Tuesday, May 6, 2008

Orphan Works - History In the Making

Whether you're for it, or against it, there's nothing like learning about the process that goes into lawmaking. Usually, you'd likely turn a blind eye to how things happen, but this is going to affect you, so I encourage you to take a look. The House bill that was introduced is going to be debated today in what's called a "Markup session", at 2pm Eastern time. The House Committee on the Judiciary is scheduled to amend and re-write the Orphan Works bill, and, at the end of the day, the Chairman, Howard Berman will either take an informal tally, or have a formal vote, on the bill. If he doesn't think he has the votes to move the bill forward, without a big fight, he'll likely table the bill, and it will do what's called "die in committee." In an election year, people tend to save their political might for bills that will make them look good in their home districts, and easy fights are far better to move through than those where there are opposing parties. The Chronicle of Higher Education is reporting that the American Library Association favors the Senate Bill over the House Bill, and "...is urging its membership to contact their senators and representatives in the U.S. Congress and press them to support the Senate version of a bill, S 2913, that would make it easier for people to exploit orphan works...A comparable bill in the House of Representatives, HR 5889, is flawed, the library group states, because it includes a “dark archive” provision that would require people to notify the U.S. Copyright Office of their intention to use an orphan work." Check out the ALA Action Alert by clicking here.

(Complete post, after the Jump)

Here's a short (but informative) FAQ on how a bill becomes law - click here. To check out the Schoolhouse Rock story on how a bill becomes law, for a brief 3-minutes of nostalgia, click here.

Here's a more in-depth piece, worth reading, that explains, in part:
MARK UP: After public hearings have been held the committee meets to discuss, revise and vote on the bill. A committee can defeat a bill, hold up action on a bill for weeks, amend it beyond recognition, or speed its way through the legislative process. The vast majority of the more than 10,000 bill that are introduced in Congress each year die in committee for lack of support.
When we contacted the committee earlier today, as there was not a "view live webcast" button for this session of the committee, we were assured that there would be a webcast, since the markup was taking place in the full hearing room. If, for some reason, it's not there by around noon or 1pm, I encourage you to call 202-225-3951, and ask why you can't view the webcast of the markup. If no one calls, they won't bother if they weren't going to broadcast it. If many people call, when they weren't going to, they may well change their minds. Check this link for the details.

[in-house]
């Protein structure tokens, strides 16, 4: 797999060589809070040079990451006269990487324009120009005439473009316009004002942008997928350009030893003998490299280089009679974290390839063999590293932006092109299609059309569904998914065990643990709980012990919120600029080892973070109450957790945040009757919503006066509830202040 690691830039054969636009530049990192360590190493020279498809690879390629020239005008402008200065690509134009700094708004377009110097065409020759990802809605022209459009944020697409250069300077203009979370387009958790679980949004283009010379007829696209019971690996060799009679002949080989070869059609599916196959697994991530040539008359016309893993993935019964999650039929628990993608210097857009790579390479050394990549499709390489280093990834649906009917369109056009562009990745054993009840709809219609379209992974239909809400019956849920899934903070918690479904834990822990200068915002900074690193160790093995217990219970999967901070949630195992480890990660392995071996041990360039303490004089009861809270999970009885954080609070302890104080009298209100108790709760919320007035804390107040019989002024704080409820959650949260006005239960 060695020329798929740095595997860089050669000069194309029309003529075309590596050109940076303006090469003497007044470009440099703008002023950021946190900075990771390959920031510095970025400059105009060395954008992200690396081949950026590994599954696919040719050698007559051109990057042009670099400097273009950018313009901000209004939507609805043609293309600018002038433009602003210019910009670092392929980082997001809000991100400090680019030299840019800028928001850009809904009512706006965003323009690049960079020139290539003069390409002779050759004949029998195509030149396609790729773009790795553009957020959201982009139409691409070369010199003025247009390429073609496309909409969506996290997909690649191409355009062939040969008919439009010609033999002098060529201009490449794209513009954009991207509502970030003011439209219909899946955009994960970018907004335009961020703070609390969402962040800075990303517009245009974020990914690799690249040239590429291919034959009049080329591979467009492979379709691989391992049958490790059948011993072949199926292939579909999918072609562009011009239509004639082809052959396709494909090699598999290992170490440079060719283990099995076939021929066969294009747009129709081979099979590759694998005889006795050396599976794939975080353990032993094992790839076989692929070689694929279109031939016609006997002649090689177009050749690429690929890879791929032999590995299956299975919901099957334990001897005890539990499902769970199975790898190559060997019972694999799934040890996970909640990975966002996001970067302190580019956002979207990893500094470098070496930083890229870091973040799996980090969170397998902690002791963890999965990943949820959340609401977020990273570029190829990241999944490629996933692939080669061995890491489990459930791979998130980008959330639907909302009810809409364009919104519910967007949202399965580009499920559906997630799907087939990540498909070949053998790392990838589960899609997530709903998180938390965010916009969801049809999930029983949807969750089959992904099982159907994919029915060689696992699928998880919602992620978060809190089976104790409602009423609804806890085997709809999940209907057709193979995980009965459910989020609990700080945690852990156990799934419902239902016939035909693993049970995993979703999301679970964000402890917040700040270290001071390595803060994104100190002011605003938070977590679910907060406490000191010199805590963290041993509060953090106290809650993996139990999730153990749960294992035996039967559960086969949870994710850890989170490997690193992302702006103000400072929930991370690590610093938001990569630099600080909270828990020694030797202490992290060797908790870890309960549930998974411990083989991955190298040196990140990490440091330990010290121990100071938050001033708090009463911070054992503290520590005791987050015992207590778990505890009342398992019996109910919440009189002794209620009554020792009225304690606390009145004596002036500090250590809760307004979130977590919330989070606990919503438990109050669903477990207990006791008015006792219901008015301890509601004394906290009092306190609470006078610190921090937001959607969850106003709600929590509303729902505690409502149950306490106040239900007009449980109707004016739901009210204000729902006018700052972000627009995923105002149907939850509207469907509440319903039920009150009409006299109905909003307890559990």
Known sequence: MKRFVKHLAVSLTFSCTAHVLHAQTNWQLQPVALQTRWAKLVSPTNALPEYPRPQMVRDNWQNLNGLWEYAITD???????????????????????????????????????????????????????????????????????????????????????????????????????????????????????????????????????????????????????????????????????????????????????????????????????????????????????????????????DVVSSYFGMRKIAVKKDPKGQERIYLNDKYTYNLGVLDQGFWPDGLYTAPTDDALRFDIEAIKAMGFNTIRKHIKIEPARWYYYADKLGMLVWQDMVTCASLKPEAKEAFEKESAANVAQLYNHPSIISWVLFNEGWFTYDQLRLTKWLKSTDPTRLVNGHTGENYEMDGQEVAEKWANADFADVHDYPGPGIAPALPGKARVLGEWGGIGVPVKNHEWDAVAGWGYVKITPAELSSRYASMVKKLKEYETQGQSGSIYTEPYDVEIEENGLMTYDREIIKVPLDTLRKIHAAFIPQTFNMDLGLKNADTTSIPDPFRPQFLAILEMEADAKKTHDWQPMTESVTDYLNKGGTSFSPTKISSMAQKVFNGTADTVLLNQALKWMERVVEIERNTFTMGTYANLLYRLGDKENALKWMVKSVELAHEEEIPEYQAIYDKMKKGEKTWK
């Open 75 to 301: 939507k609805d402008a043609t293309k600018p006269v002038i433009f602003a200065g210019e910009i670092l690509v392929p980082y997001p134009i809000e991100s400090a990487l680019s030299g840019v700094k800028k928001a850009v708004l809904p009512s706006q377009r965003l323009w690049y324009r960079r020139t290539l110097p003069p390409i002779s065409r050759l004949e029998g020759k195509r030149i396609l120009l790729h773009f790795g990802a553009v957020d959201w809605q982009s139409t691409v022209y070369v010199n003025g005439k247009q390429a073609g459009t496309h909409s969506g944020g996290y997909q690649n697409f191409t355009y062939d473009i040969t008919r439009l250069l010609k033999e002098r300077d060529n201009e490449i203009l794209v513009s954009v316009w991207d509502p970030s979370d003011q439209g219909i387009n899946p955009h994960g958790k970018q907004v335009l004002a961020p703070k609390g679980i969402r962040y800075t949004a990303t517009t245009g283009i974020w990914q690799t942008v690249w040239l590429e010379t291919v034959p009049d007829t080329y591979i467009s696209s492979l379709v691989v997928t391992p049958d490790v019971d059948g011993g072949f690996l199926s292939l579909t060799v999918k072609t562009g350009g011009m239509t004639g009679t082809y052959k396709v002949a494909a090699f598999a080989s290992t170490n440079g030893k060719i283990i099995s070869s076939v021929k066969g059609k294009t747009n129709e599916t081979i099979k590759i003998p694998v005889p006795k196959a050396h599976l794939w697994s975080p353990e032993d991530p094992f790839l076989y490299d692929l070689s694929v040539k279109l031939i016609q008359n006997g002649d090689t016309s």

It's been said that you never want to see how sausage is made. So too, is it often times painful to see how legislation is made. So, take a gander at the proverbial "sausage factory" that takes place on Capitol Hill. It'll be an eye opening experience, whether you're for or against it.

How this bill ends up will be historical if it is reported out of committee, and historical in that it will serve as a basis for next session's version. Either way, it's history in the making.

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Anonymous said...

Do the right thing! Support APA's position on this absurd bill.

Go to this link - this morning - right now and send a letter to your Congressman and Senator.

There are edited and unedited letter available.


Walter Dufresne said...

Whether you're for it or against it, I encourage you to contact your senators and congressman. And please note (based on conversations with my city councilman over the years) the *way* you contact them can be more or less influential, depending on the method. Customized e-mail petitions are less influential than a personal e-mail which is less influential than personal faxes or letters. Personal faxes or letters take time, and they're about as influential as a personal phone call to the district office which was less influential than a phone call to the Washington office back when long-distance calling was expensive. Office visits are the most influential of all, and it helps if you both live in the district and make occasional small campaign contributions. Because whether or not you vote (but not *how*) is always a public record, it helps to have that public record of having voted in past primary and general elections. Oh, and did I mention the importance of small campaign contributions? And how helpful it is to get to know a staffer?

Anonymous said...

The mark up has been pushed back today because of the previous agenda was started late. Not going to happen at 2pm.

Anonymous said...

Thanks for posting this I was able to watch the meeting.

Can anybody please explain what went on at the markup meeting? I heard it but I am not familiar with this kind of legal talk.

is there an overview somewhere that recaps this event.


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